Radial segregation of granular mixtures in rotating cylinders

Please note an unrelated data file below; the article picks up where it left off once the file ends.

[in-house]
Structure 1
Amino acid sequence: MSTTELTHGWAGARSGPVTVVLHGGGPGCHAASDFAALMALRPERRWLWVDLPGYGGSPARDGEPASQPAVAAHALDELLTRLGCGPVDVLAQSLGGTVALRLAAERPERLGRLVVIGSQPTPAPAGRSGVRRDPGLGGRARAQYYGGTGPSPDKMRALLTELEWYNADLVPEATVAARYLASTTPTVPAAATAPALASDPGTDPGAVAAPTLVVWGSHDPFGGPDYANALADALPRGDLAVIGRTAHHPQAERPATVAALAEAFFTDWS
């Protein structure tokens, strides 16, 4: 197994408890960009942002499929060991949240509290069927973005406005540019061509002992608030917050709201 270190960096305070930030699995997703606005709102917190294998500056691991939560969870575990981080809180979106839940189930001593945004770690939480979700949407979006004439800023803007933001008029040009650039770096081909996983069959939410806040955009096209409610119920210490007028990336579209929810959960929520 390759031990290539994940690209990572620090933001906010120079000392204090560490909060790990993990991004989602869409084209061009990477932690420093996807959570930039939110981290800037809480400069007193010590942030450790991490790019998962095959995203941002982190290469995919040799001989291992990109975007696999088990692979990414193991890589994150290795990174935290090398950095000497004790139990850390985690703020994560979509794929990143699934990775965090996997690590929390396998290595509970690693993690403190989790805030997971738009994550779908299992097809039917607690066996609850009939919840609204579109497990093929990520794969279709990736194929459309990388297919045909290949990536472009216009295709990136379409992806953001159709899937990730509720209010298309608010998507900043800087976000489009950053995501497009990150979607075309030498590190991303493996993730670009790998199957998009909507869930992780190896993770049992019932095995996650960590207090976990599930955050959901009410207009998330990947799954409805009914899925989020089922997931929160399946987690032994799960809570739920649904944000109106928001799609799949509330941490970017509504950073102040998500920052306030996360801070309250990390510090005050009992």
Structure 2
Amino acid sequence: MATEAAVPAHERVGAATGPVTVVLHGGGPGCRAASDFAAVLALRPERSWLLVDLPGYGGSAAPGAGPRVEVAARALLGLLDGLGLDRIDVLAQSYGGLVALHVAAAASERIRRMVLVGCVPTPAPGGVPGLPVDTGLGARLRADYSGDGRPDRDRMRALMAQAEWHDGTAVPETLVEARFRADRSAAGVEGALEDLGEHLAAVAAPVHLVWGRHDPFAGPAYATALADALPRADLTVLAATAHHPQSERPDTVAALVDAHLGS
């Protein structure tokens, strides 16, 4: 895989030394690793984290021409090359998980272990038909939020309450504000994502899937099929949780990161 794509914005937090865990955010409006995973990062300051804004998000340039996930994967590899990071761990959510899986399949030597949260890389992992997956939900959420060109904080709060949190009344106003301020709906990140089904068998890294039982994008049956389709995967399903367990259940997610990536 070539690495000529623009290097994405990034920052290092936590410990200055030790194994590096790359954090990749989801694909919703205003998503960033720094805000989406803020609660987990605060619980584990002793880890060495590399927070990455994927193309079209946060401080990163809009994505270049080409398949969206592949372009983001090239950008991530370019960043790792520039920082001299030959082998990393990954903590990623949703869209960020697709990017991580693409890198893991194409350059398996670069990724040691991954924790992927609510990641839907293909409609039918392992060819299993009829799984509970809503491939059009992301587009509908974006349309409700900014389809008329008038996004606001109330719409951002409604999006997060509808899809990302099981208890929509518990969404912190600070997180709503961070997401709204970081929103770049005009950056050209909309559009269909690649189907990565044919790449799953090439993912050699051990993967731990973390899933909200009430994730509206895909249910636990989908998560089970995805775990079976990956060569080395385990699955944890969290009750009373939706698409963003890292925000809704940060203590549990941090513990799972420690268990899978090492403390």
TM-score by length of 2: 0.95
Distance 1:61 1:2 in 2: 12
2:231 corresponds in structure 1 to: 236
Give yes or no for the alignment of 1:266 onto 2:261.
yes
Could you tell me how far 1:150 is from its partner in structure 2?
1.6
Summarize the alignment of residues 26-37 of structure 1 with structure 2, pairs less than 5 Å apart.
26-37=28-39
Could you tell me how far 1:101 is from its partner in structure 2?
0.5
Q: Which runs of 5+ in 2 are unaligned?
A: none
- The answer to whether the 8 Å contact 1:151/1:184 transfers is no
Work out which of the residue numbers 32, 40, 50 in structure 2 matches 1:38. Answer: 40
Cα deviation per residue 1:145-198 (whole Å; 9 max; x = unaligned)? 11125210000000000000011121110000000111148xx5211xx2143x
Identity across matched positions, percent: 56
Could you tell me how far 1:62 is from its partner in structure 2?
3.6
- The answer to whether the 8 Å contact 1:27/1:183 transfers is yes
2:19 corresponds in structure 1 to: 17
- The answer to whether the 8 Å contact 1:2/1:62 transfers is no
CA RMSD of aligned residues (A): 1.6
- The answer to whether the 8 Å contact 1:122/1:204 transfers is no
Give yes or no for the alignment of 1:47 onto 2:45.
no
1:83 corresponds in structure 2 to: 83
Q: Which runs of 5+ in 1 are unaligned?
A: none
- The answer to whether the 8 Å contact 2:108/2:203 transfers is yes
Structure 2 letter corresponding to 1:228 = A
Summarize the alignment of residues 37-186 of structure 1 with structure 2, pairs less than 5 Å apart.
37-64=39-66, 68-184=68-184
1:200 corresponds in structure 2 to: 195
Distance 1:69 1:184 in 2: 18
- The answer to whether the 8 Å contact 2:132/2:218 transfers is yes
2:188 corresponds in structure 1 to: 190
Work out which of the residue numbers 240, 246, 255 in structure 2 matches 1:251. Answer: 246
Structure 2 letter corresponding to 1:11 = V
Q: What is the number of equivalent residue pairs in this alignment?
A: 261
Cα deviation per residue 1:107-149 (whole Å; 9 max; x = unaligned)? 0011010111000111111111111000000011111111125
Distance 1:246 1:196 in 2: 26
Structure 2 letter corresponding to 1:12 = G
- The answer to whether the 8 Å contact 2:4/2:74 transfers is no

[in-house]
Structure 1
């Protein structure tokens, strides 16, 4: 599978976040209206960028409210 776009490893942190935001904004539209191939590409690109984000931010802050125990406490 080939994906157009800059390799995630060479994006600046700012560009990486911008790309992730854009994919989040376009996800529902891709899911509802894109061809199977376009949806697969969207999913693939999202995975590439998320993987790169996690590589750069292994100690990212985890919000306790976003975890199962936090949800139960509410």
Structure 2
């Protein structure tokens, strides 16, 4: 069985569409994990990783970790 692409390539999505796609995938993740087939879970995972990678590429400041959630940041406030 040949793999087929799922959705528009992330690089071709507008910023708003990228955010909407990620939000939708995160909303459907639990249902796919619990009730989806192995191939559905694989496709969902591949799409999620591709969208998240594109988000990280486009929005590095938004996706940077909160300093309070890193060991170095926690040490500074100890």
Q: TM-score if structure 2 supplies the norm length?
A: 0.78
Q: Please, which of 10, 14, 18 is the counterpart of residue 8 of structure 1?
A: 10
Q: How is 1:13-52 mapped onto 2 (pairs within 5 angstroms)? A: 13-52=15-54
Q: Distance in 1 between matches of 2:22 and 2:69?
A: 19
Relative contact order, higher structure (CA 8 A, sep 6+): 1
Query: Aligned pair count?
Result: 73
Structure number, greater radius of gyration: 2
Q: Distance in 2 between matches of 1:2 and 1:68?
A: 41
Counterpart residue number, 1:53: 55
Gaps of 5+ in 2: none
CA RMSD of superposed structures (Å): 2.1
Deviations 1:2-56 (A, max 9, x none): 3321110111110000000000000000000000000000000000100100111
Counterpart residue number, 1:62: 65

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Simultaneous mixing and segregation of granular materials is of considerable practical importance; the interplay among both processes is, however, poorly understood from a fundamental viewpoint. The focus of this work is radial segregation-core formation-due to density in a rotating cylinder. The flow regime considered is the cascading or continuous flow regime where a thin layer of solids flows along a nearly flat free surface, while the remaining particles rotate as a fixed bed along with the cylinder. The essence of the formation of a central segregated core of the more dense particles lies in the flow, mixing, and segregation in the cascading layer. The work involves experiments and analysis. A constitutive model for the segregation flux in cascading layers is proposed and validated by particle dynamics and Monte Carlo simulations for steady flow down an inclined plane. The model contains a single parameter, the dimensionless segregation velocity (beta), which is treated as a fitting parameter here. Experimental results for the equilibrium segregation of steel balls and glass beads are presented for different fractions and different extents of filling. There is a good match between theoretical predictions and all experimental results when the value of dimensionless segregation velocity is taken to be beta=2. The extent of segregation is found to increase with increase in the dimensionless segregation velocity and dimensionless diffusivity but is independent of the level of filling. Lagrangian simulations based on the theory and experiments demonstrate the competition between segregation and mixing. In the case of slow mixing, the intensity of segregation monotonically decreases to an equilibrium value; for fast mixing, however, there exists an optimal mixing time at which the best mixing is obtained. (C) 1997 [S1070-6631(97)02612-3].
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